-DJ Critical Hype links with A3C Festival to create an unthinkable mashup mixtape featuring your favorite 2 Chainz vocals over classic Wu Tang Clan production titled, Wu Chainz (36 Trap Houses).

For those who are adamant that 2 Chainz is void of lyrical talent, I encourage you to check out this incredible mix of “old” and “new school” Hip-Hop. Blend Master, DJ Critical Hype, works his magic and mixes some of Wu-Tang Clan’s best instrumentals with some of 2 Chainz’s most notable and respected bars.

When making a statement aboutWu Chainz (36 Trap Houses), Wu Tang Clan’s RZA wrote that,

“It’s a bonanza to hear 2 Chainz rip a classic Wu beat… He’s one of the great lyricist from the south that proved lyricism is not regional but based on talent dedication focus and experience… Whether you’re from the Slums of Shaolin or the Wards of the South, hip-hop is our voice.”

2 Chainz, an avid fan of Wu Tang Clan, was ecstatic about the mixtape. So much so, he publicly expressed his satisfaction with the project on his Instagram page.

As you can imagine, DJ Critical Hype was excited to have been recruited by A3C Festival and has this to say about his experience:

“I thought the concept was sick and was instantly curious about how it would sound… Grinding the project out over the last few months, it became clear pretty quickly 2 Chainz’s witty southern raps sounded right at home over the incredible RZA/Wu production. I always enjoy the process of blending 2 different sounds together to create something new – so having the opportunity to do it with a legendary act like Wu-Tang and one of my favourite artists in 2 Chainz has been an amazing experience.”

For those whose love of Wu Tang Clan was just reawakened withWu Chainz (36 Trap Houses), you can check out the entire crew this weekend at the one and only A3C Festival on October 6th. Grab your tickets now at the official A3C Festival website.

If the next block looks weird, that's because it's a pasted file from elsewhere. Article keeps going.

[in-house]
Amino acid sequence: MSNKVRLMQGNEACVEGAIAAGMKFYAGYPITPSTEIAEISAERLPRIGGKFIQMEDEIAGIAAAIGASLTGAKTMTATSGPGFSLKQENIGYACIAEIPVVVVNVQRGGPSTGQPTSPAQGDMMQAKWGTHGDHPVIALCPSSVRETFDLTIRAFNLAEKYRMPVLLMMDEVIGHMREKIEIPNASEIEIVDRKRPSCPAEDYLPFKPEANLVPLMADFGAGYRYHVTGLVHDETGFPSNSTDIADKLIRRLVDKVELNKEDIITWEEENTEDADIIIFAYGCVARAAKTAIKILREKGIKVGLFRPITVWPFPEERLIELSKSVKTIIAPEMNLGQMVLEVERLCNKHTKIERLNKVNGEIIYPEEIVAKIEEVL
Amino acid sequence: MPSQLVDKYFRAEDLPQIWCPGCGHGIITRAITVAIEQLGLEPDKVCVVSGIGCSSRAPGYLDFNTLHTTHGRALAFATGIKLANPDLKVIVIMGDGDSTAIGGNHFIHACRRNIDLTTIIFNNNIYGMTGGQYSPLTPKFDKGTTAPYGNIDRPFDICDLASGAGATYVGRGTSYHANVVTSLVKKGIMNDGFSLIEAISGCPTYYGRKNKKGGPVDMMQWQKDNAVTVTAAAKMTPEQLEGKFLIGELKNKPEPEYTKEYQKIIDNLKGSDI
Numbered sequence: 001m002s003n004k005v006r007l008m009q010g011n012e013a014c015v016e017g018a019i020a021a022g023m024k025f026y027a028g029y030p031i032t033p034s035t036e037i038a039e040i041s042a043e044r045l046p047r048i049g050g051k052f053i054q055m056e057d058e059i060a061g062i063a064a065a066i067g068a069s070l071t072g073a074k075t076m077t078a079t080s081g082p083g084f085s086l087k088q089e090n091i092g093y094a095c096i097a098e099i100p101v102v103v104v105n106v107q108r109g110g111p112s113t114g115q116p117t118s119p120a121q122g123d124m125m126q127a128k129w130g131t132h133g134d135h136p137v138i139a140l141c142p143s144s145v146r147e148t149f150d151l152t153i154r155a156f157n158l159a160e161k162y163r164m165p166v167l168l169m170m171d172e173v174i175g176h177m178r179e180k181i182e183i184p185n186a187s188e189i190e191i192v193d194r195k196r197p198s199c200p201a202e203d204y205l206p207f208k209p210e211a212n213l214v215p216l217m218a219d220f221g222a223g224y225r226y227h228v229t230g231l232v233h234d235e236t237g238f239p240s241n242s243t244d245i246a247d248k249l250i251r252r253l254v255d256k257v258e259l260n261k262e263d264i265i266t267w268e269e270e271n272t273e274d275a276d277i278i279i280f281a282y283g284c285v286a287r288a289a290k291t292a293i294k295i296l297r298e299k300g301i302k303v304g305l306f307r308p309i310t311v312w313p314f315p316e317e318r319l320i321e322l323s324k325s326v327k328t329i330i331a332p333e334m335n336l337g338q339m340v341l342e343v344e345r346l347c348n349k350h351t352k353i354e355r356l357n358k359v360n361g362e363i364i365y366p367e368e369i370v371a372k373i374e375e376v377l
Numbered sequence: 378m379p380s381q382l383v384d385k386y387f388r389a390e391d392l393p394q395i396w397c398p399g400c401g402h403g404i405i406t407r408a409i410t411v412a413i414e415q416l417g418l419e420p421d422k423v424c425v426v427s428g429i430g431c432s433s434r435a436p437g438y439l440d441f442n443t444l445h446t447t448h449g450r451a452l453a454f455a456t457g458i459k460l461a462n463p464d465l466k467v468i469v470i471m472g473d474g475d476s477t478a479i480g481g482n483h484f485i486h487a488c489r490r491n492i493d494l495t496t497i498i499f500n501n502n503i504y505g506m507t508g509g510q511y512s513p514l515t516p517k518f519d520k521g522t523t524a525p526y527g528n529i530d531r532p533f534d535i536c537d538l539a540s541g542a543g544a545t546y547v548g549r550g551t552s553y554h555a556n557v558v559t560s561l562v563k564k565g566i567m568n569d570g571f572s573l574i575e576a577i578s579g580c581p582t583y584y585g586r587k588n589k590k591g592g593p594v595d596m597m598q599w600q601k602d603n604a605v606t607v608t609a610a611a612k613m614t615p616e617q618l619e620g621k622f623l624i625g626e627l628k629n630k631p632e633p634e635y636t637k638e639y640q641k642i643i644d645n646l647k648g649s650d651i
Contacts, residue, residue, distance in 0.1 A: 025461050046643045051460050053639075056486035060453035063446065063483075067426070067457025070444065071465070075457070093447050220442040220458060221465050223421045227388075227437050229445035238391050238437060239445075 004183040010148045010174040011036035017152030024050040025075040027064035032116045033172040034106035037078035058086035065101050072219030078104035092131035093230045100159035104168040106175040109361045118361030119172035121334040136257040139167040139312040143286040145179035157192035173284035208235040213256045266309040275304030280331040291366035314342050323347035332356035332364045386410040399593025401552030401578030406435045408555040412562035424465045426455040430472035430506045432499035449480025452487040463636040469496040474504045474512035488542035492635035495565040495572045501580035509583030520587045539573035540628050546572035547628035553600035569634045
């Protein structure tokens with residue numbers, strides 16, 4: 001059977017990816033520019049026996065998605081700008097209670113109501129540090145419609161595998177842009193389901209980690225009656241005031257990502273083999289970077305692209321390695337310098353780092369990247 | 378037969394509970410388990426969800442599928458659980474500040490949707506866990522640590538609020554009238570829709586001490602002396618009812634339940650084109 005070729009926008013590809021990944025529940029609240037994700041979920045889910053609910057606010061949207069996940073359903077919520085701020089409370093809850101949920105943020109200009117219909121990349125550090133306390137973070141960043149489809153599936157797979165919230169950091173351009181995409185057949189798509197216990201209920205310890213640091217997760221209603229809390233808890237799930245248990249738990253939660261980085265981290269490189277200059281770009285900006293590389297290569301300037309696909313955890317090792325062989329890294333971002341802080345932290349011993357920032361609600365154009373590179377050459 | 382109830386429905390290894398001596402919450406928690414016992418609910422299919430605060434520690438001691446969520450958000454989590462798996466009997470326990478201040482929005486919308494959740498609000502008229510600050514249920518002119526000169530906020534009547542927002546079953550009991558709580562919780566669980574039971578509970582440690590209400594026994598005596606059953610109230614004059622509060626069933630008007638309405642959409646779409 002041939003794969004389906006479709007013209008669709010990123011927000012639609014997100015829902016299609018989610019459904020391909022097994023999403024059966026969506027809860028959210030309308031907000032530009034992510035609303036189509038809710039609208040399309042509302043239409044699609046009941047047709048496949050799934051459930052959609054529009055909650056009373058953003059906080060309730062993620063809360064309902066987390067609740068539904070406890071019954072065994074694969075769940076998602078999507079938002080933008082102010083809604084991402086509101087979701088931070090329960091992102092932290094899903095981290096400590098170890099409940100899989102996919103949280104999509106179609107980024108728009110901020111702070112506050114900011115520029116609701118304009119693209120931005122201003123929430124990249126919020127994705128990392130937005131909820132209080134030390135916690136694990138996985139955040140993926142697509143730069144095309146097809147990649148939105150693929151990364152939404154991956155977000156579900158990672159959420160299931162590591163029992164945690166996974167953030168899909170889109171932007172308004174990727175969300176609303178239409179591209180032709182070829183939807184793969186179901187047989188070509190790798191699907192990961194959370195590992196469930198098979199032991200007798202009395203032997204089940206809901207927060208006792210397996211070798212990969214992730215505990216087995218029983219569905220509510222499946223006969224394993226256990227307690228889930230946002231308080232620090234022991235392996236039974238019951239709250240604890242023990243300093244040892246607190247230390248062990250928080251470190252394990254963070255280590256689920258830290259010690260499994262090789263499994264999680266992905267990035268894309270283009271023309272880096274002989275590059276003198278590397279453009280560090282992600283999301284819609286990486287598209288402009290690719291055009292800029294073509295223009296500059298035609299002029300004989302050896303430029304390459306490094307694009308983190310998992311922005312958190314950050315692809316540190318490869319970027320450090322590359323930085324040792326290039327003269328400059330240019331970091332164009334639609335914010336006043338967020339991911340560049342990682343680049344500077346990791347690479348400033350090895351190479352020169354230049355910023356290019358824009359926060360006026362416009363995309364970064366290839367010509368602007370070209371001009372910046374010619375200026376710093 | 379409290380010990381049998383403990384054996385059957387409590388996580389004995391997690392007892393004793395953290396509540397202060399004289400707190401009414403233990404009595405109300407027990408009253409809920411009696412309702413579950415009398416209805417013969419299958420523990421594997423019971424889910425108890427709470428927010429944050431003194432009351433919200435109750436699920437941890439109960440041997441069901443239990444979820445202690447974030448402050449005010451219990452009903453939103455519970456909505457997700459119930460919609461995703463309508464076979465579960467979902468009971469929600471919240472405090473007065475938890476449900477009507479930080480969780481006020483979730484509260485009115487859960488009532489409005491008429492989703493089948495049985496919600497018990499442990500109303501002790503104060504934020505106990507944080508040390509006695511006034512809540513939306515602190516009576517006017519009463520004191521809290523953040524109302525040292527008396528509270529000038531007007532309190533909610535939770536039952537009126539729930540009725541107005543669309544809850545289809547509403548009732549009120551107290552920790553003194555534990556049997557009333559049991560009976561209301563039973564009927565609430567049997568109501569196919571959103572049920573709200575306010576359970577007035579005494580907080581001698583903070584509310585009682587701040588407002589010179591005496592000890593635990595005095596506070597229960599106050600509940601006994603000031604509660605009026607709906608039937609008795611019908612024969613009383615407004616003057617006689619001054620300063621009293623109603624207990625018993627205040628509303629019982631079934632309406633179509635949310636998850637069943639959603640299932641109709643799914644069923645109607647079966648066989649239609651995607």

– Back in 1999, one of the founding members of the almighty Wu-Tang Clan, Ol’ Dirty Bastard, released his final solo project titled, Nigga Please.

Ol’ Dirty Bastard’s Final Official Album, ‘Nigga Please’

By ’99, Ol’ Dirty Bastard had already made a name for himself in a way that only he could. Not only did his rugged, half-sung, free associative rhyme scheme make him one of a kind, but he had also become quite the public personality. He had been saving children’s lives, triggering welfare reform, and preceding Kanye West with his classic interruption at the 1998 Grammy Awards up until that point. So, when ODB released his second solo album, Nigga Please, this distinct character had accrued a massive following that he would be aiming to please yet again.

The album opens up in dramatic fashion with “Recognize” as comedian Chris Rock, Pharrell Williams, and ODB himself tenaciously let you know that you need to recognize who Ol’ Dirty Bastard is. He then goes on to deliver gems like “I Can’t Wait”, “You Don’t Want to Fuck with Me”, and his rendition of Rick James’ “Cold Blooded”. Also featured on the album was ODB’s smash hit “Got Your Money” featuring Kelis who was making her debut appearance. The track reached #26 on the Billboard Hot 100 and was a large international success.